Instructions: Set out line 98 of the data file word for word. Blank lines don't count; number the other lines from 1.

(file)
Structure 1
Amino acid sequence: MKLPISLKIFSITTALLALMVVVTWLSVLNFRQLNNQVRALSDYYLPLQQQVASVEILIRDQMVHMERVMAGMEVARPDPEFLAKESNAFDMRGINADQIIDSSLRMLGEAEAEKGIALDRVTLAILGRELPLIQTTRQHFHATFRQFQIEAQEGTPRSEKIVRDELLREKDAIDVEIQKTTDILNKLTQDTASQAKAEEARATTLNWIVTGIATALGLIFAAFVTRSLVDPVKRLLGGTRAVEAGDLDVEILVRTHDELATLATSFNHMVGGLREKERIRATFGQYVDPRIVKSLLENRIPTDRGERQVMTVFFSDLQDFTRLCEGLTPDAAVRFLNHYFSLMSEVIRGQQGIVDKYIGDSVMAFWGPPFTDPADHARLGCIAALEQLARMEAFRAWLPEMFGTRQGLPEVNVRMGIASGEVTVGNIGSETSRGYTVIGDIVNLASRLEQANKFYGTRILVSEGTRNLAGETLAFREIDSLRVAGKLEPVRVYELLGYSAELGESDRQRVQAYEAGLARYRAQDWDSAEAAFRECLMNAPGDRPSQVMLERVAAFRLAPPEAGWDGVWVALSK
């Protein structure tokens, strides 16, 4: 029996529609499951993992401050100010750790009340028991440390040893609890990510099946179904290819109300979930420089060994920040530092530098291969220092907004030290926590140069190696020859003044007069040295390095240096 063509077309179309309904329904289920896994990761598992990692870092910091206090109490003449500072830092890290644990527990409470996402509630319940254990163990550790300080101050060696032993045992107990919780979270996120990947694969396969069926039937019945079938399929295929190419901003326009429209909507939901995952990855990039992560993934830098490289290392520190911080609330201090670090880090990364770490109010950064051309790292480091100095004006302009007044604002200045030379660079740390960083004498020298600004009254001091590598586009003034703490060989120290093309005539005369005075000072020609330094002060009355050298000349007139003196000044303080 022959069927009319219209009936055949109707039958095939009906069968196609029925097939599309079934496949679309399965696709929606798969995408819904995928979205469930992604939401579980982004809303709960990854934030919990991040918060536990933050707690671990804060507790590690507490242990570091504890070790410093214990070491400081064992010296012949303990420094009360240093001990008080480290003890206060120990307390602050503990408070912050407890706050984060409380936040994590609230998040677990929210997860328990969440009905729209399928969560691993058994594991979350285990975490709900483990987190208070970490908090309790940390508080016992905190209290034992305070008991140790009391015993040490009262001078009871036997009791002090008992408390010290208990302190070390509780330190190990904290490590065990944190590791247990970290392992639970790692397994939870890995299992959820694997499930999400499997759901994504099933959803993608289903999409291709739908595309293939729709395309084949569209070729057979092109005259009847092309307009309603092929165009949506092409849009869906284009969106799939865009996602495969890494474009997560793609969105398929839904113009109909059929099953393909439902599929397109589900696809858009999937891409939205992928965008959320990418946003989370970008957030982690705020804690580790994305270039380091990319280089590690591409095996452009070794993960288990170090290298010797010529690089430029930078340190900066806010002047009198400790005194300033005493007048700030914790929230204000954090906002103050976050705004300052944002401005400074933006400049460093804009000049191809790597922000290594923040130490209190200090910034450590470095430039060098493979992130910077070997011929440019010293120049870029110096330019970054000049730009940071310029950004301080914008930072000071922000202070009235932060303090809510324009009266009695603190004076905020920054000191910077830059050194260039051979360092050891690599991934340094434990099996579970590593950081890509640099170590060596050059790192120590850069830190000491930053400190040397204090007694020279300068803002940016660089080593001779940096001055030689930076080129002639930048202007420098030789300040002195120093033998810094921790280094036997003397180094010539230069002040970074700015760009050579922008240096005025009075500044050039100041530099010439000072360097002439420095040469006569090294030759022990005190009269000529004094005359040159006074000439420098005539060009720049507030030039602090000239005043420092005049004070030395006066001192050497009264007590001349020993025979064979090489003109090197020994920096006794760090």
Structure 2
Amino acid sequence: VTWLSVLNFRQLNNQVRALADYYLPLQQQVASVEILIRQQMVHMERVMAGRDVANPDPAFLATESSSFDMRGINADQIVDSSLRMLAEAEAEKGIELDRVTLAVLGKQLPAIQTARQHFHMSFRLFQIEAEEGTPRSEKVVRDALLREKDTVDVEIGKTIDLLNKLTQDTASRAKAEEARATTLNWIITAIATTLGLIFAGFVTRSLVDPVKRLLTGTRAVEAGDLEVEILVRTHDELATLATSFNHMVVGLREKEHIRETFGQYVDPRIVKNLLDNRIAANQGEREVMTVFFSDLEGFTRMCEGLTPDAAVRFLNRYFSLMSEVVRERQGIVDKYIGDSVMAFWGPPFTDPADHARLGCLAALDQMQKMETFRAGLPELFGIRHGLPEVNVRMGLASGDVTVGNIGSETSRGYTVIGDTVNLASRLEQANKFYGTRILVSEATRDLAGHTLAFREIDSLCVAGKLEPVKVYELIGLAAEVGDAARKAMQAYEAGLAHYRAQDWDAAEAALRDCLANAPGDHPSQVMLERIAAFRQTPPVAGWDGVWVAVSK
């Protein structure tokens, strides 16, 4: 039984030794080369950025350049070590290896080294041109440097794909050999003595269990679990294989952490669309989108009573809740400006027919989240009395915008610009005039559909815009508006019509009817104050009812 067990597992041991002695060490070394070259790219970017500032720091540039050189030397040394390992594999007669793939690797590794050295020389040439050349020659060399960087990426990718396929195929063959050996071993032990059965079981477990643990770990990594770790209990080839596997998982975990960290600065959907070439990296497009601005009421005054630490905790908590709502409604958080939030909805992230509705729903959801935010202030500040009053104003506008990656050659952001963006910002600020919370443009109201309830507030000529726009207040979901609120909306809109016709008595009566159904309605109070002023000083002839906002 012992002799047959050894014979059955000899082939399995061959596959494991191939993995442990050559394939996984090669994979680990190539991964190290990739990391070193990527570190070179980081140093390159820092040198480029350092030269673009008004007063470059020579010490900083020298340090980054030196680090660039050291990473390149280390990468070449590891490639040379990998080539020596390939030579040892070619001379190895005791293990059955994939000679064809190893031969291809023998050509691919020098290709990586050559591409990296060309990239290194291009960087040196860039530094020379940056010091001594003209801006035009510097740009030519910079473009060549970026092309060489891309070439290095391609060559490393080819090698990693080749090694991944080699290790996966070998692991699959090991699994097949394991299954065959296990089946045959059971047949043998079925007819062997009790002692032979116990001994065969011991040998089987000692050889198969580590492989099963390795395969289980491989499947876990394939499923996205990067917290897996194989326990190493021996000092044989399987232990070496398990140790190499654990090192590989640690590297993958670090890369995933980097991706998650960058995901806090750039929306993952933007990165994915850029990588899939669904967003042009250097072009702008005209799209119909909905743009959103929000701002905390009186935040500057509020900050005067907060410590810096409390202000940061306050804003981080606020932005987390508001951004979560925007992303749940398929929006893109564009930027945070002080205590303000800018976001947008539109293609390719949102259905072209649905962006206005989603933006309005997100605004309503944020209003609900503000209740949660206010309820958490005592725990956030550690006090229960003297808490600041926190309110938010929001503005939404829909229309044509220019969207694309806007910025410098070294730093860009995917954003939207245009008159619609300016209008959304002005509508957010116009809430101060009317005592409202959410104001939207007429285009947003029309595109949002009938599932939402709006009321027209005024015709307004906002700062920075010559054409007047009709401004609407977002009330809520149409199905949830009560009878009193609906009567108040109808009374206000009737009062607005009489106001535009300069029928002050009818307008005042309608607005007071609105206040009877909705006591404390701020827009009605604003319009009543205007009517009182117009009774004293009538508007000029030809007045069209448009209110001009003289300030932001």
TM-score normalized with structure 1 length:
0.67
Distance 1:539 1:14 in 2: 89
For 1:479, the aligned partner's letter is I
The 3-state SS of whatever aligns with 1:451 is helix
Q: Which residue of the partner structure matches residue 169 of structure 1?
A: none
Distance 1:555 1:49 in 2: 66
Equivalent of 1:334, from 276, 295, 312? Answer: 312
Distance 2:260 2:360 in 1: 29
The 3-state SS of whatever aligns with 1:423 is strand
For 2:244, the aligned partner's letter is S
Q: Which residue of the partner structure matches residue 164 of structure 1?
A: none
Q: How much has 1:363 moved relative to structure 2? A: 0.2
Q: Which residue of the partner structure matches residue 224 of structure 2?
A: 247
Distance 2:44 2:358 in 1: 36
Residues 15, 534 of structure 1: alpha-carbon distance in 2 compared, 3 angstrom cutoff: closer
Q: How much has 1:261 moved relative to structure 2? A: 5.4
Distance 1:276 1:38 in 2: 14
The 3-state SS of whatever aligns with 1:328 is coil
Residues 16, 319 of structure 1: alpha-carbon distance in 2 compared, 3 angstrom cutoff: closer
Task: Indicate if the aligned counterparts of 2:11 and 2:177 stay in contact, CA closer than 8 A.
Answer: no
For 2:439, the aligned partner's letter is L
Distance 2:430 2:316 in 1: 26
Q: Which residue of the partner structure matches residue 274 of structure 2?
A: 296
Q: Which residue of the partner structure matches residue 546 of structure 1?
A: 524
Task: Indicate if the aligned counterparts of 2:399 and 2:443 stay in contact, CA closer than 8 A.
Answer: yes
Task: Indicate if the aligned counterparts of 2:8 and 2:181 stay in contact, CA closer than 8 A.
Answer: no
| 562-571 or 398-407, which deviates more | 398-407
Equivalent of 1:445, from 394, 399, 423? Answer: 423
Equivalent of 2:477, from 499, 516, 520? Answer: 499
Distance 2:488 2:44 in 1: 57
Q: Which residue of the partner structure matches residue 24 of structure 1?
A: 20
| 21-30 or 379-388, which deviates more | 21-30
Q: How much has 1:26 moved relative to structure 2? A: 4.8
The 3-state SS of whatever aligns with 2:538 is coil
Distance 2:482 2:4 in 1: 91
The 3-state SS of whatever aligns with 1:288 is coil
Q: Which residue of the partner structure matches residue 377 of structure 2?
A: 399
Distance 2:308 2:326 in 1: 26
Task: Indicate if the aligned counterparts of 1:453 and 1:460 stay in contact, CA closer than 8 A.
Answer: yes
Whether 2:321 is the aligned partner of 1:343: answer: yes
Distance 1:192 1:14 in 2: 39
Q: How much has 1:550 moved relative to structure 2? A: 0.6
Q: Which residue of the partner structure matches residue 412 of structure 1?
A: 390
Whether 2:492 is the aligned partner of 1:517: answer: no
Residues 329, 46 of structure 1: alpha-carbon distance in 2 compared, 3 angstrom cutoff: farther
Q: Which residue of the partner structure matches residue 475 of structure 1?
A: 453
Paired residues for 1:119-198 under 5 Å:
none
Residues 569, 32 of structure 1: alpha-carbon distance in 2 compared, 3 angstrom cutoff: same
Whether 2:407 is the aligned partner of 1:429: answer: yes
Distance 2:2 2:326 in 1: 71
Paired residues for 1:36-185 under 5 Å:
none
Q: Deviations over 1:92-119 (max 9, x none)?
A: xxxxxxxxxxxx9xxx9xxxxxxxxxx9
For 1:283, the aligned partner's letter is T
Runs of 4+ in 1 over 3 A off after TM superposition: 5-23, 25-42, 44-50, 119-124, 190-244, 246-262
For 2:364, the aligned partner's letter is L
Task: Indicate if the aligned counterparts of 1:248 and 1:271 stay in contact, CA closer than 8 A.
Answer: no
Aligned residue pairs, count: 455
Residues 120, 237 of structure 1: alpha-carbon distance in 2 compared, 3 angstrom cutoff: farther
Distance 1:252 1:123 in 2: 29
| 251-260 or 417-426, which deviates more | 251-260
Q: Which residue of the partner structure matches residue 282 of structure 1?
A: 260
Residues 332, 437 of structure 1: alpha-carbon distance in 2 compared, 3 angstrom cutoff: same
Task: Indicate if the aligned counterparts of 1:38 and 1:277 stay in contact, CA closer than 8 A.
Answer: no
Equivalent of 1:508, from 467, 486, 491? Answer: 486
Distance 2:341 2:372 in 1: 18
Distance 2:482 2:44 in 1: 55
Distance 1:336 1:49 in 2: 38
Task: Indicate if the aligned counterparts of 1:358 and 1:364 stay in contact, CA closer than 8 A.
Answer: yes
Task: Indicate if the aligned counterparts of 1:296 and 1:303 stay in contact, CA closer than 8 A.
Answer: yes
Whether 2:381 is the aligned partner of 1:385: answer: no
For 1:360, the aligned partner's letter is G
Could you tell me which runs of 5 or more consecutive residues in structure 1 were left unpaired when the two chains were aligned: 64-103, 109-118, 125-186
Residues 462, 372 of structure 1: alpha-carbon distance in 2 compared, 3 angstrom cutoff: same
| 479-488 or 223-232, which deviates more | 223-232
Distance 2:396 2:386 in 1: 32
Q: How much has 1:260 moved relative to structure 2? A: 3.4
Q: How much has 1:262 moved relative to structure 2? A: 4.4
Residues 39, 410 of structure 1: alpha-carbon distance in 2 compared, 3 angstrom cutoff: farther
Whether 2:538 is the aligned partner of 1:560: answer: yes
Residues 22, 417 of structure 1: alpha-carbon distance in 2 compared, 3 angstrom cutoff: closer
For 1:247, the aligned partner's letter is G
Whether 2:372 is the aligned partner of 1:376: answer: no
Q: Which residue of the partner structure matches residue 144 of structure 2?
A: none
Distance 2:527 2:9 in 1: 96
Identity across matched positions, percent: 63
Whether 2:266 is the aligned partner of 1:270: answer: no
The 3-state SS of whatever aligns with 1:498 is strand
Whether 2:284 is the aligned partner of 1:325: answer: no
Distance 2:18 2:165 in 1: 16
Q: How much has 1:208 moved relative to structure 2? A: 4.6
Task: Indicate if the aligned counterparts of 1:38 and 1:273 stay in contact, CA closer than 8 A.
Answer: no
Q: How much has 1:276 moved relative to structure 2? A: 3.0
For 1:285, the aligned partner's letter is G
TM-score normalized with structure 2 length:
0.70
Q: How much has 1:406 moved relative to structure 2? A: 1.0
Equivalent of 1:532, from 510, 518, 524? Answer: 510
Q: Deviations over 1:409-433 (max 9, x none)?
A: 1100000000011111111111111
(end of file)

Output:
Whether 2:381 is the aligned partner of 1:385: answer: no